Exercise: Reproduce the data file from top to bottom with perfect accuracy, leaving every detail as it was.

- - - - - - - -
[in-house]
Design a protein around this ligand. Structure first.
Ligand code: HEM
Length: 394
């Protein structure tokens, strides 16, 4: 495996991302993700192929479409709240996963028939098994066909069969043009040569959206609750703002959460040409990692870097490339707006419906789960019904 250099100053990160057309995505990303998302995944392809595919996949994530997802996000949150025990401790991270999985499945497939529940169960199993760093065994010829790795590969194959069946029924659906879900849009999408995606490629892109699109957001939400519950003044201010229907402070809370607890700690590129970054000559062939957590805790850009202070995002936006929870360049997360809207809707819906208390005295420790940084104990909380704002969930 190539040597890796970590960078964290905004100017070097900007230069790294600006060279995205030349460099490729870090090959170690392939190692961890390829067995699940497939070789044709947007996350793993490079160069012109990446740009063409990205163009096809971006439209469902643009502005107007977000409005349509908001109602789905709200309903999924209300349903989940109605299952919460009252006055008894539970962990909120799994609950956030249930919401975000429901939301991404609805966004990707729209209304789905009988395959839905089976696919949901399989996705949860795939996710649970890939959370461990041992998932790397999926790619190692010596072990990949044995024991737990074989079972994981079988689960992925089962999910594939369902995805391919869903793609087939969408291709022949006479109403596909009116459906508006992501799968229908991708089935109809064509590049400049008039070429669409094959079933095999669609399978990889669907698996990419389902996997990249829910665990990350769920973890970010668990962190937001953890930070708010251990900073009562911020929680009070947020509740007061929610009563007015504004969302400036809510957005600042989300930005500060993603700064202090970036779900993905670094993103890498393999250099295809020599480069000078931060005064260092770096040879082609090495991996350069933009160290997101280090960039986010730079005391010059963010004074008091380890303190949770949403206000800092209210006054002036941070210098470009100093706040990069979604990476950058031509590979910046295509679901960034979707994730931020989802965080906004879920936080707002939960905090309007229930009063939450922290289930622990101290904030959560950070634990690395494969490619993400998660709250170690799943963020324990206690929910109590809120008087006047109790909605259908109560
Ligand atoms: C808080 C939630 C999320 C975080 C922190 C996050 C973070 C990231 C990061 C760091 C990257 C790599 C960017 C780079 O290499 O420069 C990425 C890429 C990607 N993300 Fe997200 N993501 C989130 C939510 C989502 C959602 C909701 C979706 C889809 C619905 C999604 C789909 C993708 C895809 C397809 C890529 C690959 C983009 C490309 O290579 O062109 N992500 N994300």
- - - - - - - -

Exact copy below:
[in-house]
Design a protein around this ligand. Structure first.
Ligand code: HEM
Length: 394
């Protein structure tokens, strides 16, 4: 495996991302993700192929479409709240996963028939098994066909069969043009040569959206609750703002959460040409990692870097490339707006419906789960019904 250099100053990160057309995505990303998302995944392809595919996949994530997802996000949150025990401790991270999985499945497939529940169960199993760093065994010829790795590969194959069946029924659906879900849009999408995606490629892109699109957001939400519950003044201010229907402070809370607890700690590129970054000559062939957590805790850009202070995002936006929870360049997360809207809707819906208390005295420790940084104990909380704002969930 190539040597890796970590960078964290905004100017070097900007230069790294600006060279995205030349460099490729870090090959170690392939190692961890390829067995699940497939070789044709947007996350793993490079160069012109990446740009063409990205163009096809971006439209469902643009502005107007977000409005349509908001109602789905709200309903999924209300349903989940109605299952919460009252006055008894539970962990909120799994609950956030249930919401975000429901939301991404609805966004990707729209209304789905009988395959839905089976696919949901399989996705949860795939996710649970890939959370461990041992998932790397999926790619190692010596072990990949044995024991737990074989079972994981079988689960992925089962999910594939369902995805391919869903793609087939969408291709022949006479109403596909009116459906508006992501799968229908991708089935109809064509590049400049008039070429669409094959079933095999669609399978990889669907698996990419389902996997990249829910665990990350769920973890970010668990962190937001953890930070708010251990900073009562911020929680009070947020509740007061929610009563007015504004969302400036809510957005600042989300930005500060993603700064202090970036779900993905670094993103890498393999250099295809020599480069000078931060005064260092770096040879082609090495991996350069933009160290997101280090960039986010730079005391010059963010004074008091380890303190949770949403206000800092209210006054002036941070210098470009100093706040990069979604990476950058031509590979910046295509679901960034979707994730931020989802965080906004879920936080707002939960905090309007229930009063939450922290289930622990101290904030959560950070634990690395494969490619993400998660709250170690799943963020324990206690929910109590809120008087006047109790909605259908109560
Ligand atoms: C808080 C939630 C999320 C975080 C922190 C996050 C973070 C990231 C990061 C760091 C990257 C790599 C960017 C780079 O290499 O420069 C990425 C890429 C990607 N993300 Fe997200 N993501 C989130 C939510 C989502 C959602 C909701 C979706 C889809 C619905 C999604 C789909 C993708 C895809 C397809 C890529 C690959 C983009 C490309 O290579 O062109 N992500 N994300």